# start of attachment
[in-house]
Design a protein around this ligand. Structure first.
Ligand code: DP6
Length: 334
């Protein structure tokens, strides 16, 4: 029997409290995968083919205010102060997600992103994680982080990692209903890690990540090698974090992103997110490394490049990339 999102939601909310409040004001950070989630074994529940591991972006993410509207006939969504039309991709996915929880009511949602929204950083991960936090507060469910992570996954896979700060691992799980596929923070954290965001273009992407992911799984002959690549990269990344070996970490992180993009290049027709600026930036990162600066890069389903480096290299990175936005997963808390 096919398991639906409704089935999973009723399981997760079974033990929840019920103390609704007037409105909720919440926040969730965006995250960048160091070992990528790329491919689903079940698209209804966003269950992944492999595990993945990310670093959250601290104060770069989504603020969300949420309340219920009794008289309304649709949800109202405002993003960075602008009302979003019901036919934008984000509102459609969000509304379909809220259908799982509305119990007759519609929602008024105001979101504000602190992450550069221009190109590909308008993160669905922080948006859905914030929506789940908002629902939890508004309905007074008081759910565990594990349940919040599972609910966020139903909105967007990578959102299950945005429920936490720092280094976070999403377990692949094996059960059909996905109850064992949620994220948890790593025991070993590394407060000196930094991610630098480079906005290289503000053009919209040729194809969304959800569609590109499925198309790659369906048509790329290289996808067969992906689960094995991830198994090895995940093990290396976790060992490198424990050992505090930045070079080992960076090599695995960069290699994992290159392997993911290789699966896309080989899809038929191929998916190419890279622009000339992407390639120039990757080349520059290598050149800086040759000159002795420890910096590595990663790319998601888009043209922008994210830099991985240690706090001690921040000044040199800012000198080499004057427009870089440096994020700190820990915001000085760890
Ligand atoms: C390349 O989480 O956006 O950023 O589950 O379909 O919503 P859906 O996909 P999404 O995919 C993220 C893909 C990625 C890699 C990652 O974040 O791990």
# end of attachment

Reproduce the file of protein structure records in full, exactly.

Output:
[in-house]
Design a protein around this ligand. Structure first.
Ligand code: DP6
Length: 334
């Protein structure tokens, strides 16, 4: 029997409290995968083919205010102060997600992103994680982080990692209903890690990540090698974090992103997110490394490049990339 999102939601909310409040004001950070989630074994529940591991972006993410509207006939969504039309991709996915929880009511949602929204950083991960936090507060469910992570996954896979700060691992799980596929923070954290965001273009992407992911799984002959690549990269990344070996970490992180993009290049027709600026930036990162600066890069389903480096290299990175936005997963808390 096919398991639906409704089935999973009723399981997760079974033990929840019920103390609704007037409105909720919440926040969730965006995250960048160091070992990528790329491919689903079940698209209804966003269950992944492999595990993945990310670093959250601290104060770069989504603020969300949420309340219920009794008289309304649709949800109202405002993003960075602008009302979003019901036919934008984000509102459609969000509304379909809220259908799982509305119990007759519609929602008024105001979101504000602190992450550069221009190109590909308008993160669905922080948006859905914030929506789940908002629902939890508004309905007074008081759910565990594990349940919040599972609910966020139903909105967007990578959102299950945005429920936490720092280094976070999403377990692949094996059960059909996905109850064992949620994220948890790593025991070993590394407060000196930094991610630098480079906005290289503000053009919209040729194809969304959800569609590109499925198309790659369906048509790329290289996808067969992906689960094995991830198994090895995940093990290396976790060992490198424990050992505090930045070079080992960076090599695995960069290699994992290159392997993911290789699966896309080989899809038929191929998916190419890279622009000339992407390639120039990757080349520059290598050149800086040759000159002795420890910096590595990663790319998601888009043209922008994210830099991985240690706090001690921040000044040199800012000198080499004057427009870089440096994020700190820990915001000085760890
Ligand atoms: C390349 O989480 O956006 O950023 O589950 O379909 O919503 P859906 O996909 P999404 O995919 C993220 C893909 C990625 C890699 C990652 O974040 O791990």